As we focused on Thrall and Grom Hellscream, the Burning Legion and their sinister plans sort of fell by the wayside. This is about to change.

The Blood of Mannoroth

The Blood of Mannoroth
Wait, wait, wait. Moonglade is way to the north. It’s nowhere near the Barrens.

All is well in the Ashenvale forest (the part that Grom isn’t currently deforesting, anyway). Furbolgs are hanging out around a magic well.

The Blood of Mannoroth
It’s a beautiful life, oh, o-o-oh!

Suddenly, that peace is disrupted when Mannoroth and Tichondrius teleport in.

The Blood of Mannoroth
I realize that Warcraft 3 has blurry textures because of hardware limitations of its time, but could the map designers at least not do close-ups of them?

On Archimonde’s orders, they’re plotting to kill the demigod Cenarius before the Legion begins its invasion of Kalimdor. Mannoroth fought Cenarius before and would welcome another chance to meet him in battle, but he’s crafty and rarely appears in the open.

Tichondrius suggests a plan. By despoiling Ashenvale, the orcs have incurred Cenarius’s wrath and will soon face him. As they are, they stand little chance against him, but Tichondrius believes Mannoroth’s blood can even the odds. As he once bound the orcs in a blood pact, so can his blood reinvigorate their demonic frenzy, making them unstoppable.

Mannoroth approves of the plan. He approaches the well and spills his blood into it, which gives it an ominous red glow.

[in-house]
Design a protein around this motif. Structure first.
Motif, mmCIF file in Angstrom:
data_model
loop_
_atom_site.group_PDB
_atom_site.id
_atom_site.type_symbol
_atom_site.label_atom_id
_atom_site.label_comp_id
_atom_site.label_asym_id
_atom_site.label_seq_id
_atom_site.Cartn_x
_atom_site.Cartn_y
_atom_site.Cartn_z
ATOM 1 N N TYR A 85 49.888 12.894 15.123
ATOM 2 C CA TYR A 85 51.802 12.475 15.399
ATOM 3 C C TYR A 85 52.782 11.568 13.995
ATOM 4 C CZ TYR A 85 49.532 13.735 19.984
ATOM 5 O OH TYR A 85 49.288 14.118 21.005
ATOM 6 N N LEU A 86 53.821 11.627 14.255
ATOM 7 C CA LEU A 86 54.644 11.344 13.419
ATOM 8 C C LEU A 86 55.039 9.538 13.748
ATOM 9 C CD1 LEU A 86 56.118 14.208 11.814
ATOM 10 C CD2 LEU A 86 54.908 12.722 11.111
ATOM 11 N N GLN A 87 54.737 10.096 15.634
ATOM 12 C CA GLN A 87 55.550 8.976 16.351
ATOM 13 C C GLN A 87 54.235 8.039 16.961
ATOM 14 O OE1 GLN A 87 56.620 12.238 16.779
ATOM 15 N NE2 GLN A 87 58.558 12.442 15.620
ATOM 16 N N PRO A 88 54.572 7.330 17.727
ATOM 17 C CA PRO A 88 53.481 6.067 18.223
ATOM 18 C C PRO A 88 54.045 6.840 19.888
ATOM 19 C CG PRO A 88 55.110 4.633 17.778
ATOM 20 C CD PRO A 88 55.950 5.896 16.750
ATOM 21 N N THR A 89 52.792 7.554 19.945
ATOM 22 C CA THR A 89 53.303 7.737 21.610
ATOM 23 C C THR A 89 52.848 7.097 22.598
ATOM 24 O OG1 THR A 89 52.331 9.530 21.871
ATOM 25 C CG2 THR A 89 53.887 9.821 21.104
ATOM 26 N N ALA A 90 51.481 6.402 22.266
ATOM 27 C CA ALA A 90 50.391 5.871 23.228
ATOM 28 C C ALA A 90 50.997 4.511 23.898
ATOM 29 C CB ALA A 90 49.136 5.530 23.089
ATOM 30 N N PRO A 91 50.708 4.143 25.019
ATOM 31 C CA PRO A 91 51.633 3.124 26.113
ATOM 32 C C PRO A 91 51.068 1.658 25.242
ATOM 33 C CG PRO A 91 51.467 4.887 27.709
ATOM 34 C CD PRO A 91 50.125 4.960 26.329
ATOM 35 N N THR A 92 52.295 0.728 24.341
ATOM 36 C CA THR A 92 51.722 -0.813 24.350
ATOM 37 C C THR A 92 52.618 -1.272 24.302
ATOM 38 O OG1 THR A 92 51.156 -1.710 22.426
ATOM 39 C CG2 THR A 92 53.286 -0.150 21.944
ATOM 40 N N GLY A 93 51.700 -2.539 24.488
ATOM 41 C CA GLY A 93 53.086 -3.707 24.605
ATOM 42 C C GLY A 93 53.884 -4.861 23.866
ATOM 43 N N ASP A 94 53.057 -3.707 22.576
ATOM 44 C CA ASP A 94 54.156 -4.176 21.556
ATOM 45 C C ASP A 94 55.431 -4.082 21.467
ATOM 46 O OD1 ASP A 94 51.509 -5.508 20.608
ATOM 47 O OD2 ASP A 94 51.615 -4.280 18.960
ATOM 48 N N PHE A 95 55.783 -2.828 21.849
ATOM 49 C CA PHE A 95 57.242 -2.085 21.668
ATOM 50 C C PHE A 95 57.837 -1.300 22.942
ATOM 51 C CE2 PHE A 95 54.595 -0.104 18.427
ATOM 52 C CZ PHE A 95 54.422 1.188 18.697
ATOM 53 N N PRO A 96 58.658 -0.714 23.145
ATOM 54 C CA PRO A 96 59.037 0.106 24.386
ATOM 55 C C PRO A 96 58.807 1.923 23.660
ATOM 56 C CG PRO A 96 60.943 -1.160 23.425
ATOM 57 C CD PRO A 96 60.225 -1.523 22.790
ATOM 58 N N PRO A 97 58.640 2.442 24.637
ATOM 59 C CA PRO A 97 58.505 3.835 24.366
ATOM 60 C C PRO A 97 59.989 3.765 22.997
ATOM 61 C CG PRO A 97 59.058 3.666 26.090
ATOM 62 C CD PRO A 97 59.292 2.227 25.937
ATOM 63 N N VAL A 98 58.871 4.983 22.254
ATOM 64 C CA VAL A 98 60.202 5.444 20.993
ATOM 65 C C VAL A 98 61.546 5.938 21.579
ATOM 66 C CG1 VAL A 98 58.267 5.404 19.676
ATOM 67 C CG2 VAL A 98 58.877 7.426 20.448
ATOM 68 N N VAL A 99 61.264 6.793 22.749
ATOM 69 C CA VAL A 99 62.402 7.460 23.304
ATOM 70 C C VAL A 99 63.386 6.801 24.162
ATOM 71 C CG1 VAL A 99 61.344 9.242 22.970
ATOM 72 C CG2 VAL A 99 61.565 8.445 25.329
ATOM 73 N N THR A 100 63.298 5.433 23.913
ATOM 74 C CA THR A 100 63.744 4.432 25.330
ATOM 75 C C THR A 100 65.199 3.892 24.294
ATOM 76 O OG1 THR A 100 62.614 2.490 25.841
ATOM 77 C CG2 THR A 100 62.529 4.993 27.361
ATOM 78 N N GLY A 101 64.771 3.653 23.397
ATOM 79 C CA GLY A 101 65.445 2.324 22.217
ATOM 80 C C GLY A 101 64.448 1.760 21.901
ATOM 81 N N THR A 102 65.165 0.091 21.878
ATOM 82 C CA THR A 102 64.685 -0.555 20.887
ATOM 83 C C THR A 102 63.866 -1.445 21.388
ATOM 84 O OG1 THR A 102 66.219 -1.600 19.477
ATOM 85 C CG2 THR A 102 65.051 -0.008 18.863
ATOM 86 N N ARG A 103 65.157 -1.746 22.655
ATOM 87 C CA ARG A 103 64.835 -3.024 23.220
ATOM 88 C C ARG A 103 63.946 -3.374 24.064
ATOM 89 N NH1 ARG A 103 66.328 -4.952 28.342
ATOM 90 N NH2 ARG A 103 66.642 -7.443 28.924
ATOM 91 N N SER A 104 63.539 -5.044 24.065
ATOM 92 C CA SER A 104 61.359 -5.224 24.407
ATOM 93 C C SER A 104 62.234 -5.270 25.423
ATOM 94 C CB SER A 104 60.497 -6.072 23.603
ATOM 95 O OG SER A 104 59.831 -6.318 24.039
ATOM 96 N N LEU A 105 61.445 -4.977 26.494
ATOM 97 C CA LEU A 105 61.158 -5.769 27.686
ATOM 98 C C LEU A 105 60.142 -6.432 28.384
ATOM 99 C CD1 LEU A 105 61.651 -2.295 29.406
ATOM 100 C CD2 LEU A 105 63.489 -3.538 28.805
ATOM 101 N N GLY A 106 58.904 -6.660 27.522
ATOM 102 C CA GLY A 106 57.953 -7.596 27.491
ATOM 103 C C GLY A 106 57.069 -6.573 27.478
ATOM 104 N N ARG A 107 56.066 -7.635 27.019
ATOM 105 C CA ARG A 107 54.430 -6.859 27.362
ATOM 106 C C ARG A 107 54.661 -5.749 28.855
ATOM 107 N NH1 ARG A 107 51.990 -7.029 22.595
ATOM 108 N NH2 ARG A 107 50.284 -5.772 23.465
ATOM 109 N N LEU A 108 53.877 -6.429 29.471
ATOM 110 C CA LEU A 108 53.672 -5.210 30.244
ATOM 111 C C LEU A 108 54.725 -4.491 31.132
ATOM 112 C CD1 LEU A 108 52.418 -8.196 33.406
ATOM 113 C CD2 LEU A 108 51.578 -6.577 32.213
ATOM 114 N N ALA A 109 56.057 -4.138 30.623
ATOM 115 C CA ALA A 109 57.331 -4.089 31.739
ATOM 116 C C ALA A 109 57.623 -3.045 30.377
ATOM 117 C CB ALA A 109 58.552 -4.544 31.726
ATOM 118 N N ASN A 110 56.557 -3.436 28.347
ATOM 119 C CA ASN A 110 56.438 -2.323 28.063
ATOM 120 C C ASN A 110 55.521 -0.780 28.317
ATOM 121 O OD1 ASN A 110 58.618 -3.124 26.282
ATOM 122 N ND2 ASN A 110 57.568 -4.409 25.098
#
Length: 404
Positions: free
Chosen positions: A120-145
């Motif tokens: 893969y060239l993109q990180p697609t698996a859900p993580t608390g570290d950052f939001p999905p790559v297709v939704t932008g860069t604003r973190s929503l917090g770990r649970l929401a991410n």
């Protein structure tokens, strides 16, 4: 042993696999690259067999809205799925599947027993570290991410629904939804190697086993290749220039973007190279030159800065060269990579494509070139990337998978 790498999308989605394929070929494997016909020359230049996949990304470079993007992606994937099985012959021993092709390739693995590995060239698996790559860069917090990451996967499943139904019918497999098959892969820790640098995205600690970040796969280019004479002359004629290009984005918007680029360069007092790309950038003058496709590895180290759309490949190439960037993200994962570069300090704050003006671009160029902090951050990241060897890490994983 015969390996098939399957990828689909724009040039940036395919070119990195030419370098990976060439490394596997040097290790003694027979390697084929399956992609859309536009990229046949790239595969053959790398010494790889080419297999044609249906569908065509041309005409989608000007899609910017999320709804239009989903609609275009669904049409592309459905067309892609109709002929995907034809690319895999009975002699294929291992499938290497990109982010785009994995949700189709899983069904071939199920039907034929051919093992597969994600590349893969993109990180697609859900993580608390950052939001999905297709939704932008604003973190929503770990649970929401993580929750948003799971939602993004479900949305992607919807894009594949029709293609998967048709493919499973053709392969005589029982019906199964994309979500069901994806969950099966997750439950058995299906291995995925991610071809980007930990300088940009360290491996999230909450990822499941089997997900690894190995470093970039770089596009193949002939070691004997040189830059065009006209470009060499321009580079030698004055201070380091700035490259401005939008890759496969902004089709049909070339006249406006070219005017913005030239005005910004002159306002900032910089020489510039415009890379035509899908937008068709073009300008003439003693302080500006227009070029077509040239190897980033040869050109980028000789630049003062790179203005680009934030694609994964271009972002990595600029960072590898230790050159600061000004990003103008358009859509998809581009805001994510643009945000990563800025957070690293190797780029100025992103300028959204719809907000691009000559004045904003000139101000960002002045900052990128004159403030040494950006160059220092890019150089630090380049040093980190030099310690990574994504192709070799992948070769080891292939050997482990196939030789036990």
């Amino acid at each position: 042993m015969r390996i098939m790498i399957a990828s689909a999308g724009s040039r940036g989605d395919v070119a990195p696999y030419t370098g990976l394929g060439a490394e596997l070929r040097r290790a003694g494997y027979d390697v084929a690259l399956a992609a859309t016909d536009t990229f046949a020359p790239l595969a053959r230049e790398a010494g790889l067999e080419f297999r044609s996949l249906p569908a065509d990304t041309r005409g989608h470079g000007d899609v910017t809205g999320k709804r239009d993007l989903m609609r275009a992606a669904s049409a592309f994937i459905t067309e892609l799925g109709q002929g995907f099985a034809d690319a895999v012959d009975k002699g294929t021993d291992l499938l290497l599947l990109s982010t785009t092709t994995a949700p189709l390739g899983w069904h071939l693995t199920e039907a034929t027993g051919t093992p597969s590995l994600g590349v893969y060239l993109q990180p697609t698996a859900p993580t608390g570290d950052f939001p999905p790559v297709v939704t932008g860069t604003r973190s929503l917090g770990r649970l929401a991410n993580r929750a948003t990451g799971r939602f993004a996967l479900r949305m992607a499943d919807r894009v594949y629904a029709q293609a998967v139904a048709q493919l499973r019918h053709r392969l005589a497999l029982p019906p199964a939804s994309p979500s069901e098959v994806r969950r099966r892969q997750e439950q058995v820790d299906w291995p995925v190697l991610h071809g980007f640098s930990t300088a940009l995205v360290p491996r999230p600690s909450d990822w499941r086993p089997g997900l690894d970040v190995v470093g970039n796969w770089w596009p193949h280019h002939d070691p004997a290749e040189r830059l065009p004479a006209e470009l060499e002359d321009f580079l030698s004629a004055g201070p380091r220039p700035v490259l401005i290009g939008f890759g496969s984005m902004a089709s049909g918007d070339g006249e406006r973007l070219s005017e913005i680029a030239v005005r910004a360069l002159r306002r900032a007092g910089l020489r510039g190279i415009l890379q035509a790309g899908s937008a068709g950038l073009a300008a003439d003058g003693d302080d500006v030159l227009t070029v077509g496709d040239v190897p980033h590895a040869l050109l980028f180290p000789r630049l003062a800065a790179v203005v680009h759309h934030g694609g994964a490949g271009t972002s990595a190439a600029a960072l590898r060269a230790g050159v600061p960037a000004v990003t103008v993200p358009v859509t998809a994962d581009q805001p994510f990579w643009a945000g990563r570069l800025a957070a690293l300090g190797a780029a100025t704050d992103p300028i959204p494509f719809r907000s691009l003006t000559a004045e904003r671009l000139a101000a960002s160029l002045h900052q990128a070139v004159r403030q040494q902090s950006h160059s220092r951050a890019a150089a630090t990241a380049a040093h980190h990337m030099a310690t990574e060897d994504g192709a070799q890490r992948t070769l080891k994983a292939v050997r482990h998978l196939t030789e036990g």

The Blood of Mannoroth
No villain is complete without an appropriate evil laugh.

So now, seamlessly, another piece of the puzzle is revealed. When Gul’dan enslaved the orcs to the Burning Legion prior to Warcraft 1, it was the blood of Mannoroth that bound them and turned them into bloodthirsty monsters. This shows, once again, that the way the orcs acted in Warcraft 1 and 2 was not their natural state, but a corruption.

Now the demons only have to wait — and let Grom be himself.

The Hunter of Shadows

The Hunter of Shadows
Not to be confused with a shadow hunter.

The unsuspecting Warsong orcs continue to turn the Ashenvale forest into the Ashenvale grassland. As Tichondrius correctly predicted, this attracts the attention of Cenarius, who turns out to be some kind of giant… night elf centaur?

The Hunter of Shadows
You see, the name “Cenarius” is a mangling of “centaur”. Blizzard is so clever!

Seriously, what is it with Warcraft 3 and centauroids? We have already seen plain old centaurs, as well as Mannoroth, half-elf-half-deer dryads among night elf forces in the previous mission, and now Cenarius. Dryads are actually called Cenarius’s daughters in the manual, which also claims that centaurs are supposedly his bastard children, but that’s only a legend and is not known for sure.

Cenarius immediately establishes what a serious threat he is by animating the trees to attack the peons.

The Hunter of Shadows
Technically, forests are already alive, but he’s not wrong.

This mission is one of those that look scarier than they really are when you’re playing them for the first time. To underscore just how screwed you appear to be, you’re not given any quests right away. You start with four bases, but the three in the west are immediately attacked by an overwhelming night elf force and cannot be saved — all you can do is evacuate peons from them to your main base across the river in the east. Once the night elves finish leveling your buildings, they move in their own; they can do that because most of their buildings are animate trees that can uproot and walk.

Once your three bases in the west are done with, Cenarius channels a spell that regrows the forest around all of them.

The Hunter of Shadows
The animation is kind of silly, since it looks like the trees just erupt from the ground instead of growing.